Is the library comprehensive? Nope. It is far from complete at about 250 maritime texts of various sorts. There are big holes, and thankfully for the holes, there is the internet and used book dealers. So despite the construction manuals for building T2 class vessels, I have almost nothing on the Union Steamship company or their ships.
The carving collection is similar to the maritime collection but much smaller. There are standard texts on technique, books by artists I admire, and books on carving styles I like but don’t do. I weeded this collection heavily a few years ago because my interests had shifted, and I would not return to some of the styles I had carved years ago—the weeding left room for new titles as interests develop.

My third collection is a general library of material ranging from gardening to history, some anthropological texts, and anything else you might imagine.
The anthropological materials are a sorry remainder of when I worked as an anthropologist, and my library was almost solely oriented to topics that touched on my work in applied anthropology. Over the years, as I shifted to other work and interests, that collection shrank until there were a handful of volumes written by former professors and a few favorite works.

Somewhere buried in my library are the three books that greatly influenced me, but they were the seed that resulted in my library and are now part of its heart.


Creatively, talking to people visiting your shop is the opposite of being left alone. You get questioned, you respond, and in responding, you see the schooner you are carving in a new light. Something pops out that you now see needs fixing, and an idea occurs for the next project. The stimulation of the company can be a real boost to your creative energy.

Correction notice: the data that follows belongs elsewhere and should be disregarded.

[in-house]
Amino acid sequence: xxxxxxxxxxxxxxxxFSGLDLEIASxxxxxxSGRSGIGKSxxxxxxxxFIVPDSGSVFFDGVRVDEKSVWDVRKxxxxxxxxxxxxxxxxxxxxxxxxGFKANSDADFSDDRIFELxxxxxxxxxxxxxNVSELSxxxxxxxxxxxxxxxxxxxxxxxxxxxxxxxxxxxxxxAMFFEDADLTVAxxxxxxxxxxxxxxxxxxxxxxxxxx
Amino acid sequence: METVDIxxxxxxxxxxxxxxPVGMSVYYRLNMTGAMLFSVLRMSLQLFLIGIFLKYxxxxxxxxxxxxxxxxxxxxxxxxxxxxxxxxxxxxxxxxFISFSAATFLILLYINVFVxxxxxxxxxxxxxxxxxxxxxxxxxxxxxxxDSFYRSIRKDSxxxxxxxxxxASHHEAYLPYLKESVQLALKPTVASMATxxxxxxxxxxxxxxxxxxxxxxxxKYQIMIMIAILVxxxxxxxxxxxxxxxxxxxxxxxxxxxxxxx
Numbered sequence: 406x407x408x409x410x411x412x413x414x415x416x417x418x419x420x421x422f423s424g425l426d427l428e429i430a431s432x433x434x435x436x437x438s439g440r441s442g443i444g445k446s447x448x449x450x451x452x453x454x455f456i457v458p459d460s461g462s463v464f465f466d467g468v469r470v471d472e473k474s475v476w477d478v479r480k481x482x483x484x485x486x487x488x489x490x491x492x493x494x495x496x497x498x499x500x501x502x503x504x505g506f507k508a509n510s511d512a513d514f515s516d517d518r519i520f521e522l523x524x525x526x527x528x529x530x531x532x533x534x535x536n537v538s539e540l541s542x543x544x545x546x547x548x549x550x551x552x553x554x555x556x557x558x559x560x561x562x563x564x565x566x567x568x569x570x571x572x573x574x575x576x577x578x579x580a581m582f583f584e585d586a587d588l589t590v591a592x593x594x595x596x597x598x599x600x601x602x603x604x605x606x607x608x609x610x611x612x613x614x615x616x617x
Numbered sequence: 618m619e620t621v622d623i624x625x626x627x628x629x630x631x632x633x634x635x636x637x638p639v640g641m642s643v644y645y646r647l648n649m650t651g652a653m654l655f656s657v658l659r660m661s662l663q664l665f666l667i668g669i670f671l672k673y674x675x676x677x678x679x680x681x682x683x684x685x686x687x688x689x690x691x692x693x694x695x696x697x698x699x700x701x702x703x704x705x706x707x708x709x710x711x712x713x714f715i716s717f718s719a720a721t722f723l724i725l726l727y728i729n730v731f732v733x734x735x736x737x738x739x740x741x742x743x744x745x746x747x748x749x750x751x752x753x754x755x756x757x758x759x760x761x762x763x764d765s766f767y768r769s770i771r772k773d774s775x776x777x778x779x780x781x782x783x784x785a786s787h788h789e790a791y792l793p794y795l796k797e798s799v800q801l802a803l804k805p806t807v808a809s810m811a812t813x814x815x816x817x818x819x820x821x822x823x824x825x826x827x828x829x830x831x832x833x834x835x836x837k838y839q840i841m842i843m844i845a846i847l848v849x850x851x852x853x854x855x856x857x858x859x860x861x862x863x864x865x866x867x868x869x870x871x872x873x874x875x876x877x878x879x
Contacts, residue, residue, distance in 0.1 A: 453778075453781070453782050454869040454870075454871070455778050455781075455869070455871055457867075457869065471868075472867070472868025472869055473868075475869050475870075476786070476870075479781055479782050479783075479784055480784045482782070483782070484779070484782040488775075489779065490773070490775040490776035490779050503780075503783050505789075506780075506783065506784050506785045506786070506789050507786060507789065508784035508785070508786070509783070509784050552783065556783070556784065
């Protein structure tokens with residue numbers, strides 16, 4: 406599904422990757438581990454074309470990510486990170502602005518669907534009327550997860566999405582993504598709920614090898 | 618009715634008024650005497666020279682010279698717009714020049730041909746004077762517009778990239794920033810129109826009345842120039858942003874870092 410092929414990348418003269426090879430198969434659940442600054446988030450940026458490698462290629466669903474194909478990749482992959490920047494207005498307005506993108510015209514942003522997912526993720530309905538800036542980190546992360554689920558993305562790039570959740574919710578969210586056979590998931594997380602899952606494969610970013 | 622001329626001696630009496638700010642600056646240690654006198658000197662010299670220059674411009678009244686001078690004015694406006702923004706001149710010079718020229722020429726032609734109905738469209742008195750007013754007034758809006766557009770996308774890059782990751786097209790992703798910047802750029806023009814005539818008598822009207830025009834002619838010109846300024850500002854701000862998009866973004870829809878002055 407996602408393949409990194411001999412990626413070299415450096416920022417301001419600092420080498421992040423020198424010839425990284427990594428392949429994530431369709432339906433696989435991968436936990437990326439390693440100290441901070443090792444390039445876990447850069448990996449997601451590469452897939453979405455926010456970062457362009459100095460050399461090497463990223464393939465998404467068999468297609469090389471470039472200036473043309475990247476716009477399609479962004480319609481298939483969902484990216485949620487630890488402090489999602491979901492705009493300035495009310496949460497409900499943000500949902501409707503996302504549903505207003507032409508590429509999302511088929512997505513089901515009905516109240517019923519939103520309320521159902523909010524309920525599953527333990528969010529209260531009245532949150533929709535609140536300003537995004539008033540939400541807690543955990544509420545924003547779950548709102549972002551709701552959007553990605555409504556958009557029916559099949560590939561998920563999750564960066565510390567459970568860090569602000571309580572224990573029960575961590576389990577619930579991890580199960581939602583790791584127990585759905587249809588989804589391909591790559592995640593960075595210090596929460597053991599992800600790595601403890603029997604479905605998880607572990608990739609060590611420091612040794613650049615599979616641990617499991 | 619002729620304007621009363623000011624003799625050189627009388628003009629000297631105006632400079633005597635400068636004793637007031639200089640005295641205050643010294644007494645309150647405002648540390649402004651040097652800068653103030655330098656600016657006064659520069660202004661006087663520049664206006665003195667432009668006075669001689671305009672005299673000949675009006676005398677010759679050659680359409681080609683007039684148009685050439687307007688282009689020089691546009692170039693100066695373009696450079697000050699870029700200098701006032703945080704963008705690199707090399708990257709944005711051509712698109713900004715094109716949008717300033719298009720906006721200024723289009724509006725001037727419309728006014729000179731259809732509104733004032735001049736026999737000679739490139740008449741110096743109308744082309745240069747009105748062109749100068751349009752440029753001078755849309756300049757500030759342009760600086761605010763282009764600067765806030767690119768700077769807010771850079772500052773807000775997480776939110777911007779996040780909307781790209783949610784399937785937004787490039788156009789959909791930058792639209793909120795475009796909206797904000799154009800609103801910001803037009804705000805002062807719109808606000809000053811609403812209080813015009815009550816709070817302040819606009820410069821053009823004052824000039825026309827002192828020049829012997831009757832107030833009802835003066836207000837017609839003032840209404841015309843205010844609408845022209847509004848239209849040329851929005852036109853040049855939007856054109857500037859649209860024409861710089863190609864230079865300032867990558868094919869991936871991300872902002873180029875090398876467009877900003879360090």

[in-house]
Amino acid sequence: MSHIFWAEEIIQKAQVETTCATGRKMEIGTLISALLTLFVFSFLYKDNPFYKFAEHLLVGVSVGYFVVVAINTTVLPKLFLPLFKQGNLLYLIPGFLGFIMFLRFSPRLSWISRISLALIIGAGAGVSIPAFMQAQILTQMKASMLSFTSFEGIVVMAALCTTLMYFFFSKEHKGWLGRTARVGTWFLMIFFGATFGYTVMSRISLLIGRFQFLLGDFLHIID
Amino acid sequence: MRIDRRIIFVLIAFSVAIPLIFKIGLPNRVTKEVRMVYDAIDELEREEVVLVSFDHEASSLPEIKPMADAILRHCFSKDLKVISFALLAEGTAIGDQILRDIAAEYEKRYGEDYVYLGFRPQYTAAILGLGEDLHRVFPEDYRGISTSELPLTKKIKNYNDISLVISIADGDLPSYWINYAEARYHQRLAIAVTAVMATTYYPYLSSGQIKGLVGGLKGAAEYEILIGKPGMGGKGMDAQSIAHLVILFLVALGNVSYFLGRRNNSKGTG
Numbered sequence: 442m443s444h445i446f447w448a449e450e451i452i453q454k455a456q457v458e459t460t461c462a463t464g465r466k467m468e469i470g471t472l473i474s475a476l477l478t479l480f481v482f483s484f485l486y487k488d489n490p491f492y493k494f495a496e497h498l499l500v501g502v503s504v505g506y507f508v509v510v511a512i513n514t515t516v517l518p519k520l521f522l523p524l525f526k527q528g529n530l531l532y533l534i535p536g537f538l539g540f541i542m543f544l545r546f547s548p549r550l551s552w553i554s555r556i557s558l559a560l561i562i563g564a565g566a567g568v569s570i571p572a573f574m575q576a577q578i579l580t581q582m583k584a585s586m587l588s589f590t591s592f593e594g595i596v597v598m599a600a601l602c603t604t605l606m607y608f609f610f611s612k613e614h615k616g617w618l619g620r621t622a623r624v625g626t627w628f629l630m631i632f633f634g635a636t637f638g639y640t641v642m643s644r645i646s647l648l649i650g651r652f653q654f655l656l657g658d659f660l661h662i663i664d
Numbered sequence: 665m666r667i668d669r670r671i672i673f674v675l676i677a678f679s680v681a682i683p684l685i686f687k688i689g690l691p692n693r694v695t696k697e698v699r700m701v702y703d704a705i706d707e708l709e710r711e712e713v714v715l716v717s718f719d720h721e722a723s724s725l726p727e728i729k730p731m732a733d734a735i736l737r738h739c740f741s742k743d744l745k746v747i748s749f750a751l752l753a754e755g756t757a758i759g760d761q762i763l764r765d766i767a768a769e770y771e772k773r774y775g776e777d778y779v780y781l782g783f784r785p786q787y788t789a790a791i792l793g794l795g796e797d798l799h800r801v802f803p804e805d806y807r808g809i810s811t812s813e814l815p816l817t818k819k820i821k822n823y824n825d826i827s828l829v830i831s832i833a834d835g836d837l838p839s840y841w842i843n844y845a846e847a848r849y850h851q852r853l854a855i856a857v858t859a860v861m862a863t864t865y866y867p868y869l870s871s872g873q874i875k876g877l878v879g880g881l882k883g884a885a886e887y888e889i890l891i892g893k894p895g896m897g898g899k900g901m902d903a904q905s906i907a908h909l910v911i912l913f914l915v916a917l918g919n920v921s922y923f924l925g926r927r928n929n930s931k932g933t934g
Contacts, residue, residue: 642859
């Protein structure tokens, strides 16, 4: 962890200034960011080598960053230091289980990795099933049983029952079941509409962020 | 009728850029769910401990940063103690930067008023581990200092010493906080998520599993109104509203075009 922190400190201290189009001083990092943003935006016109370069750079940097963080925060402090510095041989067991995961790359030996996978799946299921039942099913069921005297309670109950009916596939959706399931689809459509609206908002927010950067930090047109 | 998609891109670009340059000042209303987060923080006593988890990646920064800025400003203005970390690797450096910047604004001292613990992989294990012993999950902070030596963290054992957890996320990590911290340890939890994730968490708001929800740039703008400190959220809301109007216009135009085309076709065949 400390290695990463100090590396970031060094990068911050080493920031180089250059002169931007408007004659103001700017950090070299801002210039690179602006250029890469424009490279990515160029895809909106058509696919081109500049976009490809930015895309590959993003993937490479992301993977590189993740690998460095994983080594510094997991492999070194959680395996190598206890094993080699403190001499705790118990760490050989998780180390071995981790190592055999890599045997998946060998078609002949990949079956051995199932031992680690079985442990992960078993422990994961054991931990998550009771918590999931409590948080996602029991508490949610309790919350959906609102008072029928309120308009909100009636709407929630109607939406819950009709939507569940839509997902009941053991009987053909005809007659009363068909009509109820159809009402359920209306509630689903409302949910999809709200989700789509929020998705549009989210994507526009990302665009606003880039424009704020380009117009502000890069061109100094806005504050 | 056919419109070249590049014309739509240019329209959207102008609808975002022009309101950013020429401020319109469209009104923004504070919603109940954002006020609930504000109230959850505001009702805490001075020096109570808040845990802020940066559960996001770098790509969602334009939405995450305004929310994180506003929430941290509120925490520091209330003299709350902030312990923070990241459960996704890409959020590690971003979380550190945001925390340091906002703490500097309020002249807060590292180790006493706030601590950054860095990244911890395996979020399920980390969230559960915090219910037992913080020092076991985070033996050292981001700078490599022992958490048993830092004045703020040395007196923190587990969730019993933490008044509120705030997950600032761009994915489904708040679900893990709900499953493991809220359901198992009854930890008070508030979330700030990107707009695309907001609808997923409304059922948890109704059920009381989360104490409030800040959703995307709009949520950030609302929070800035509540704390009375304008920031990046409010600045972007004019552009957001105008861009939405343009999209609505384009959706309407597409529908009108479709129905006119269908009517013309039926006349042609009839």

By contrast, being alone allows a deep dive into your actions. For example, the current project is on wood that was improperly dried at the sawyers. A crack has developed late in the carving process, and it’s too late to abandon the work. How can you incorporate the damage, or can you ignore the annoyance?

Lots of Tools

Craftspeople accumulate tools and supplies, and some of us could use the help of the tool police to keep us in line with purchases of new bits and pieces. But the current project on my bench proves I eventually use all I accumulate.
The carving currently occupying my workbench is of the schooner Ada Bailey*. As depicted, she is on a starboard tack and is slightly heeled over to port. This means that the observer can view parts of the inside of her starboard ( right side) rail.
It’s straightforward to portray a hull flat on the water, and most times, that is the favored view. In this case, I have to show that rail which adds depth to the carving ( about an eighth of an inch) and makes it necessary for the groundwork behind the vessel to be cleared even deeper. Fussy, fussy, fussy! And a bit of a pain to carve. Out come all the little U-shaped veining tools that hardly ever get used and the tiny rifler files to clean up the odd whisker of wood.
Shaping the sails and hull? No problem. Getting this little bit of perspective correct? Well, it’s getting there.

*Little survives of Ada Bailey. Built in 1884 in the Sewall yard in Bath, Maine, for the A. Sewall Company she foundered ( probably ran aground) in 1894 – location unknown. I’m basing this carving on the 1888 portrait of the vessel by Antonio Jacobson. It seems to be the only rendering that’s survived.